COP27: Shifting the Global Climate-Change Debate

16 December 2022
6 min read

COP27, the latest United Nations Conference of the Parties, concluded recently with mixed results on some of the key agenda items. In our view, though, the event will be remembered more for the way it shifted the global climate-change debate.

For the first time in recent years, emerging nations were front and center at the conference, shaping the agenda and receiving clear recognition of their importance in the world’s response to climate change. As one speaker put it, “The battle for climate change will be won or lost in Asia, the Middle East and Latin America.”

The biggest impact may have been from forcing two key topics onto the agenda. The first is adaptation—the need for countries, industries and consumers to prepare for further physical impacts from climate change, adjusting their behaviors accordingly. The second topic is loss and damage, which touches on accountability for adverse climate impacts. In fact, emerging nations successfully fought to include a roadmap to a loss-and-damage fund in the COP27 agreement.

A Small Win for Adaptation, a Bigger One for Loss and Damage

The adaptation and loss-and-damage topics cut straight to the scale and on-the-ground reality of climate-change impacts and the expense of addressing them. Just 7.5% of all climate financing is channeled to adaptation; the rest is used for reducing carbon emissions. Of the estimated US$2.4 trillion a year needed to fund emerging countries’ 2030 transition efforts, more than half will come from external sources, according to a report from the London School of Economics and Political Science released at the conference.

In a modest win for adaptation, countries agreed to commit a total of US$3.18 billion over five years to fund early warning systems. Though the amount is relatively small, the deal was encouraging, given that adaptation was on the agenda for the first time. A bigger win was an agreement to work toward establishing a fund for loss and damage—another agenda first-timer—to help poorer countries recover from climate-related damage.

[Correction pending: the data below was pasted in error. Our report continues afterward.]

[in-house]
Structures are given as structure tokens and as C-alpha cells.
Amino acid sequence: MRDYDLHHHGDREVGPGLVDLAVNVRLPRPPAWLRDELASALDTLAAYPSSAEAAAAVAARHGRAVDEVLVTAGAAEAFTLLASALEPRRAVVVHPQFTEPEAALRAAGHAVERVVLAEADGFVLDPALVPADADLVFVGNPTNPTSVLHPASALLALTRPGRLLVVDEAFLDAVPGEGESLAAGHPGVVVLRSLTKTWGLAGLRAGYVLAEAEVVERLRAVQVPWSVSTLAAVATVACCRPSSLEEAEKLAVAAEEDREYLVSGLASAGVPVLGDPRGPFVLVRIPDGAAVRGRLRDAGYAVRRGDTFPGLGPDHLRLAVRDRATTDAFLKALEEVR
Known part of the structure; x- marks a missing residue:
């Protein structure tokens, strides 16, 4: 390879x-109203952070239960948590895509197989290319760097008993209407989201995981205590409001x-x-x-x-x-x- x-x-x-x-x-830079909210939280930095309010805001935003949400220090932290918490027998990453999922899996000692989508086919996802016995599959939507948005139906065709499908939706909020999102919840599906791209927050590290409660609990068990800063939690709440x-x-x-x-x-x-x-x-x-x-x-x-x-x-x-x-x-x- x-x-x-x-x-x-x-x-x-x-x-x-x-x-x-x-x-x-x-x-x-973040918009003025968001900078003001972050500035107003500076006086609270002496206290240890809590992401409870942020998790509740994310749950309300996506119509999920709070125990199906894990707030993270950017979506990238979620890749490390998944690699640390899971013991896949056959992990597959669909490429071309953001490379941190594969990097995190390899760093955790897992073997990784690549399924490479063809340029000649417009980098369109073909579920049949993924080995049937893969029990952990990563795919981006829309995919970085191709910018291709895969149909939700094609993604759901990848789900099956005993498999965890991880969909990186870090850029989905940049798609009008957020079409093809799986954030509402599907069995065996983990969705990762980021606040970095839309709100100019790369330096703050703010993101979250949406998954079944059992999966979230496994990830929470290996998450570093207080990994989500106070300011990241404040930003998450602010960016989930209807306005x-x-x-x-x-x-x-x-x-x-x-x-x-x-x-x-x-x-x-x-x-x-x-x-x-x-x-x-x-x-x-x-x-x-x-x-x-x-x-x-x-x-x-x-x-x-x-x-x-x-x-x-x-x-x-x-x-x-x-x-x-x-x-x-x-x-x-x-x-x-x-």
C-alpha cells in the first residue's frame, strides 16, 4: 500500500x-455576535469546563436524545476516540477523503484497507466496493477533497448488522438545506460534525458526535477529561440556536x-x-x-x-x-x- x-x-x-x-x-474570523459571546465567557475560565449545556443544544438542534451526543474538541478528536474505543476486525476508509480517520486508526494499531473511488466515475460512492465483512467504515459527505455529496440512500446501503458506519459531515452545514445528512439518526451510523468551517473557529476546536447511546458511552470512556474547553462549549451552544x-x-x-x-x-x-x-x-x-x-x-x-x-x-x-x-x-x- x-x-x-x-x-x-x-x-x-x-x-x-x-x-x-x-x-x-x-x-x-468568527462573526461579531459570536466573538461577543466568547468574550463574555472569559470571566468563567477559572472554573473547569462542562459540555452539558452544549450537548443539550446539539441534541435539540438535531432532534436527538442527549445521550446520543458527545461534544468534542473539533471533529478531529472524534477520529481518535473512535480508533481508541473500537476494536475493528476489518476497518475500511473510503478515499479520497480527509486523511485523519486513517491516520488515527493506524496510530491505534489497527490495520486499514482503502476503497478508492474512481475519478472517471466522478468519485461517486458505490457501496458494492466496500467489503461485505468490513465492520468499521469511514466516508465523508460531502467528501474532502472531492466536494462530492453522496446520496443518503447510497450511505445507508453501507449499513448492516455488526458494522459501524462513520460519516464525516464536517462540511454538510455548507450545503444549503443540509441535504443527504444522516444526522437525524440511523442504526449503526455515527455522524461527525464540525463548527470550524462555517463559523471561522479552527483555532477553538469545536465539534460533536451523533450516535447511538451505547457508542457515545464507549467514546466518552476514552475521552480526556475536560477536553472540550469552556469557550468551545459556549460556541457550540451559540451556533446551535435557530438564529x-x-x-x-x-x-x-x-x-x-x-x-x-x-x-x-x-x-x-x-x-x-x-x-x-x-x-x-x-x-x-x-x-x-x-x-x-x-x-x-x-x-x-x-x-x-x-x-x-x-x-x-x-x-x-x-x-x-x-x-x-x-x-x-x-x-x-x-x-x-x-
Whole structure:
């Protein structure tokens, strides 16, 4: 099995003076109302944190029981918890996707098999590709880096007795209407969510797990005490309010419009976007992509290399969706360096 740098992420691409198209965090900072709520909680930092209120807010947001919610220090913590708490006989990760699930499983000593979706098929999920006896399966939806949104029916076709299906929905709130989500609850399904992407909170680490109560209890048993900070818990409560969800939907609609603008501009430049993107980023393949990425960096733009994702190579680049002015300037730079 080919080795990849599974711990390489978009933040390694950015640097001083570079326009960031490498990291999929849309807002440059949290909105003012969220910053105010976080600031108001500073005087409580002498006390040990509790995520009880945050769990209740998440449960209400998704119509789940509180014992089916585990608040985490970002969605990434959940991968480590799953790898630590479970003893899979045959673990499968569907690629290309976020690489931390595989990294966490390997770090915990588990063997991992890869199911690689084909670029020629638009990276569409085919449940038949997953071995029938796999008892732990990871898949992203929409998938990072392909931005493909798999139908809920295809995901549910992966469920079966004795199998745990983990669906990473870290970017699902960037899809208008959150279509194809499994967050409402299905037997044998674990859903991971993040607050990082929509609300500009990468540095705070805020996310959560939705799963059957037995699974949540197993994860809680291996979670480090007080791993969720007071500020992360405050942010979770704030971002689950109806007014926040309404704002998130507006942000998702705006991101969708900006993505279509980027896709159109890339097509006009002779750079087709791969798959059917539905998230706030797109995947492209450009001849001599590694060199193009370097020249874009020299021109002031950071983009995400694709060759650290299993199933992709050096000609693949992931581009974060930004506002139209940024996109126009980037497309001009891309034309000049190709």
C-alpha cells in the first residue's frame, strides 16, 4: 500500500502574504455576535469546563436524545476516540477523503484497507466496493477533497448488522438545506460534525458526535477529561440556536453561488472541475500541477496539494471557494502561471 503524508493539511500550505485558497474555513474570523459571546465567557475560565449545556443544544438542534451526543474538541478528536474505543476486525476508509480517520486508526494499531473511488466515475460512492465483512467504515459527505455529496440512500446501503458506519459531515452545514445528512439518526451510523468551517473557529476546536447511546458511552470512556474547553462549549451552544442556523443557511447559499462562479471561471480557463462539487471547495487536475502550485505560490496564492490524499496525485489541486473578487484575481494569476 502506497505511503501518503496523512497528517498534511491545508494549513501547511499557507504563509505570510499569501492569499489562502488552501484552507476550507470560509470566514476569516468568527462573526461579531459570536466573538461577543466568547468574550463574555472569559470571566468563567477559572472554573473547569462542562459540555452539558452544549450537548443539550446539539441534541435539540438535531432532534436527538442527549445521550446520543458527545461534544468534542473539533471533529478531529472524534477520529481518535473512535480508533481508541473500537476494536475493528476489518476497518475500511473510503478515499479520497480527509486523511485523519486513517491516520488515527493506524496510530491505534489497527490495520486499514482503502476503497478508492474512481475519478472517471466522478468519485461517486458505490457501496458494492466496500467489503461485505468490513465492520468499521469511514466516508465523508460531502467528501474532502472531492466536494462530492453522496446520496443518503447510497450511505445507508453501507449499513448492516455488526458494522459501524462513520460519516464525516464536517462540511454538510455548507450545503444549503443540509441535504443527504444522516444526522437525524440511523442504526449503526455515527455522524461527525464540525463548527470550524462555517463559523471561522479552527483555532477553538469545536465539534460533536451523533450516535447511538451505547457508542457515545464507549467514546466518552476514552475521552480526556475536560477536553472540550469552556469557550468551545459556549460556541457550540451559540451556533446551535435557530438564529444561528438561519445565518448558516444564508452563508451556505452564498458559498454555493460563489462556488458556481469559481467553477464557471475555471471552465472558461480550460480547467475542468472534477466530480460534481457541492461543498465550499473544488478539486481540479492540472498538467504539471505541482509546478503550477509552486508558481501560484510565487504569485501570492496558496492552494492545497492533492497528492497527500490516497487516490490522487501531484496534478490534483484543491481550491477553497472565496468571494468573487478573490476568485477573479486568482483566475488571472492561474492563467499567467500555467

Progress on the fund may not be smooth or immediate, but language in the agreement seeks to spread capital sourcing beyond developed countries to financial institutions and other organizations. The first step: establishing a transitional committee to explore ways to make the fund operational, which will be reviewed at COP28 next year.

More Urgent Action Needed to Tackle Emissions

Data published during the conference highlighted the urgency of the climate challenge. A draft of the US government’s Fifth Annual Climate Assessment found that the US, historically the biggest polluter, has warmed 68% faster than the planet as a whole over the past half century.

In its Provisional State of the Global Climate in 2022 report, the World Meteorological Organization noted unprecedented rates of rising sea levels, record ocean heat waves and severe weather events. The world has warmed by 1.15 degrees Celsius, leaving little wiggle room to achieve the 1.5-degree goal under the Paris Agreement.